1998 GMC Jimmy rear brake adjustment

Tiny
DANO2949
  • MEMBER
  • 1998 GMC JIMMY
Brakes problem
1998 GMC Jimmy Four Wheel Drive Automatic 200000 miles

I have a 98 jimmy 4/w drive. I just put new rear pads, calipers and roters on. Its all still loose when I try to bleed, and how do I manually adjust my brakes and emergiency brakes?
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Sunday, February 28th, 2010 AT 9:25 AM

3 Replies

Tiny
CARADIODOC
  • EXPERT
When the parking brake is built into the caliper, exercising the parking brake will adjust the pistons out. If the cables are rusted tight, you can use a pliers for leverage to stroke the levers on the calipers. These calipers won't self-adjust like front calipers do.

You should find the parking brake will be in proper adjustment when the calipers are.

Word of warning. When working with calipers and you want to get the pistons adjusted out, never press the brake pedal all the way to the floor. Corrosion and debris builds up in the bottom half of the bores where the pistons and seals don't normally run. When you push the pedal all the way down, the seals can tear on the corrosion causing permanent damage to the master cylinder. I always taught my students to pretend there was a block of wood under the pedal. This applies to pedal bleeding with a helper too.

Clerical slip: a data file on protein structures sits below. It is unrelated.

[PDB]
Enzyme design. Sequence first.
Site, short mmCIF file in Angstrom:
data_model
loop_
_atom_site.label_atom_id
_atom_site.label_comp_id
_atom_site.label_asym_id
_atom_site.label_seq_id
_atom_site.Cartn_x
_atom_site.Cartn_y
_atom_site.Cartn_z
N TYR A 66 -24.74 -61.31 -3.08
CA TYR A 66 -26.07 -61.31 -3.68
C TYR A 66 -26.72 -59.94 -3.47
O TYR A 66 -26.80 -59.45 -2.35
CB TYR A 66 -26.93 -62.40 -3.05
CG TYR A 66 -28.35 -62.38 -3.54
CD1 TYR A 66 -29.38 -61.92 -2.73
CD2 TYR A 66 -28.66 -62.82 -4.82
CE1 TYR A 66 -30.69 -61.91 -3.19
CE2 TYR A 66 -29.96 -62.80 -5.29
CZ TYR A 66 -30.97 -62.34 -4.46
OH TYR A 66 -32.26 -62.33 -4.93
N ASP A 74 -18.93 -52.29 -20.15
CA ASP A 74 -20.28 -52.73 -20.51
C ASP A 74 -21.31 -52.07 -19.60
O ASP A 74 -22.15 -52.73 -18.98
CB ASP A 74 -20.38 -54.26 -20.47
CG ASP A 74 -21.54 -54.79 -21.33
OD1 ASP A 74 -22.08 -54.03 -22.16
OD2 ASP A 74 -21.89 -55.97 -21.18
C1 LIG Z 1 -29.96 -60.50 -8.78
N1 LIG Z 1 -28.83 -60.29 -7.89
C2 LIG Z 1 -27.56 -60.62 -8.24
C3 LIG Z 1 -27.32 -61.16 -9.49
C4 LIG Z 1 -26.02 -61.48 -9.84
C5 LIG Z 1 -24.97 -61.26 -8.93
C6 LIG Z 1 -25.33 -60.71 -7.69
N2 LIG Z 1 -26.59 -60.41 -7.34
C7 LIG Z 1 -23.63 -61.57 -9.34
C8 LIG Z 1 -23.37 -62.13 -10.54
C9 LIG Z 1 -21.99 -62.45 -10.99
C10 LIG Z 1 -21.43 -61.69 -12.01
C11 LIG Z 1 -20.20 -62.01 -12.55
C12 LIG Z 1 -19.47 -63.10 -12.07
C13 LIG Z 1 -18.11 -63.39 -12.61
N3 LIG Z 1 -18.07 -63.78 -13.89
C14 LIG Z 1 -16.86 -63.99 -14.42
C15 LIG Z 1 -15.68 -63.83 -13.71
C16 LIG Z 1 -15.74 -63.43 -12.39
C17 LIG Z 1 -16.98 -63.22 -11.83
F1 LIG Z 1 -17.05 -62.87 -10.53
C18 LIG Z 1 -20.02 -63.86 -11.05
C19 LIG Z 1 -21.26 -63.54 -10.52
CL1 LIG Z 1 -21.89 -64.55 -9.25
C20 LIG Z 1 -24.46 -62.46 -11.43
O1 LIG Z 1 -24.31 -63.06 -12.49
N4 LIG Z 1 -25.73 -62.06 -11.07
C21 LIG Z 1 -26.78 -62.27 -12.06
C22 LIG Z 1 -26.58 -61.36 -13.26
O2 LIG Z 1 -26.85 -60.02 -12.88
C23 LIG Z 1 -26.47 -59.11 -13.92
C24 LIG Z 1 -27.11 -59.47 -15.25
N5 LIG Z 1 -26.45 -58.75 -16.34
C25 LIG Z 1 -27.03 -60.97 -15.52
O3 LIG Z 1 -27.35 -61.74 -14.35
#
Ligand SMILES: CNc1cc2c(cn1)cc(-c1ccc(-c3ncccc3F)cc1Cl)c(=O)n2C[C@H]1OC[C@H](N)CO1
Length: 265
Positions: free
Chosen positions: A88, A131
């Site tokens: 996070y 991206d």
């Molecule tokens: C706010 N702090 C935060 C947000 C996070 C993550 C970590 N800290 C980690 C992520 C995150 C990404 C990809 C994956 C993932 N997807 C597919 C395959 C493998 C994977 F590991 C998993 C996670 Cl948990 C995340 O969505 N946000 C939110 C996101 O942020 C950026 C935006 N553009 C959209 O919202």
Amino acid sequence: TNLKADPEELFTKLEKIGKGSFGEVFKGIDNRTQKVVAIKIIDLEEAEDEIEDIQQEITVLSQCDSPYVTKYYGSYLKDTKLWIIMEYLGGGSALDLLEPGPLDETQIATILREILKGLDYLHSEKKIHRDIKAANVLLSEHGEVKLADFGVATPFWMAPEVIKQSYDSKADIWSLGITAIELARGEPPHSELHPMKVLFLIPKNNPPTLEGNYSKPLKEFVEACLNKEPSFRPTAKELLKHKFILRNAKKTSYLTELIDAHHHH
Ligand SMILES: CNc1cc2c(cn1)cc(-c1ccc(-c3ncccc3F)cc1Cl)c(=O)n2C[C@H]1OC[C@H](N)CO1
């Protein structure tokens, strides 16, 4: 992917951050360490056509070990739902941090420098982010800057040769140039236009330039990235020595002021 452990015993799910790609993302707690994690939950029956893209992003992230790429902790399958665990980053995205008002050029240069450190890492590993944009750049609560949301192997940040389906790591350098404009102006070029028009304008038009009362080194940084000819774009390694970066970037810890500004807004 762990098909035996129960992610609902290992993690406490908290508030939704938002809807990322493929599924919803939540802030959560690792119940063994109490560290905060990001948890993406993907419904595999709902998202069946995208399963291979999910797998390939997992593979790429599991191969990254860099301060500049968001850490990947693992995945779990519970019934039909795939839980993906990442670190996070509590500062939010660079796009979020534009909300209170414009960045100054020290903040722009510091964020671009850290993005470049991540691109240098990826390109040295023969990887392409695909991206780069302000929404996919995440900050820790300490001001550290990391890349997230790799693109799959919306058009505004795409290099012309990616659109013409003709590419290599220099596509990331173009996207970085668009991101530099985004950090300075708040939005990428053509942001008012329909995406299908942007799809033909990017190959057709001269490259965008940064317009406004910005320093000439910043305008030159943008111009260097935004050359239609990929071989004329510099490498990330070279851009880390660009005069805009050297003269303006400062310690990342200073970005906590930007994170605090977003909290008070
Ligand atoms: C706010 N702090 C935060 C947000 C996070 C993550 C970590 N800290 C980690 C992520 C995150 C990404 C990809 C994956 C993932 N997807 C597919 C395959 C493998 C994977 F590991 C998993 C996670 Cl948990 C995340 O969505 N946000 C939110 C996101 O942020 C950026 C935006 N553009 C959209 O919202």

Caradiodoc
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Sunday, February 28th, 2010 AT 9:48 AM
Tiny
DANO2949
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But how do I know when the brake is properly adjusted when I do it manually?
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Sunday, February 28th, 2010 AT 10:29 AM
Tiny
CARADIODOC
  • EXPERT
Just keep stroking the parking brake lever on the caliper or the pedal in the car. You can't over-adjust it. If you can find a helper to press the pedal for you, you will see the pads contact the rotor and you won't be able to turn the rotor by hand when it's adjusted.

Every time you stroke the parking brake, the piston will come out a little. It will stay there when you release the parking brake. When you press the service brake pedal, the piston will also come out a little, but it will retract again when you release the pedal. On a front caliper, the square-cut seal can't bend very much, so the piston slides through it to self adjust. On the rear, the seal bends so much, the piston doesn't slide through it. When the brake is released, the seal straightens out and pulls the piston back with it. It takes the parking brake to get enough movement for the piston to slide through the seal. There's a ramp and ball setup or a screw thread that turn with the parking brake lever. After it turns a specific amount, it latches there preventing the pston from coming back. Thats why you have to remove the lever and turn the hex nut underneath to retract the piston.

By the way, did you fill the calipers with fluid before you installed them? You have to do that to fill the pistons with fluid. The air won't bleed out of the piston once it's installed. If there's air in the pistons, you'll never get a solid pedal. It's possible the rebuilder put fluid in the calipers already, but my guess is they didn't because unless it's perfectly sealed, the fluid will absorb moisture out of the air.

Caradiodoc
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Sunday, February 28th, 2010 AT 12:42 PM

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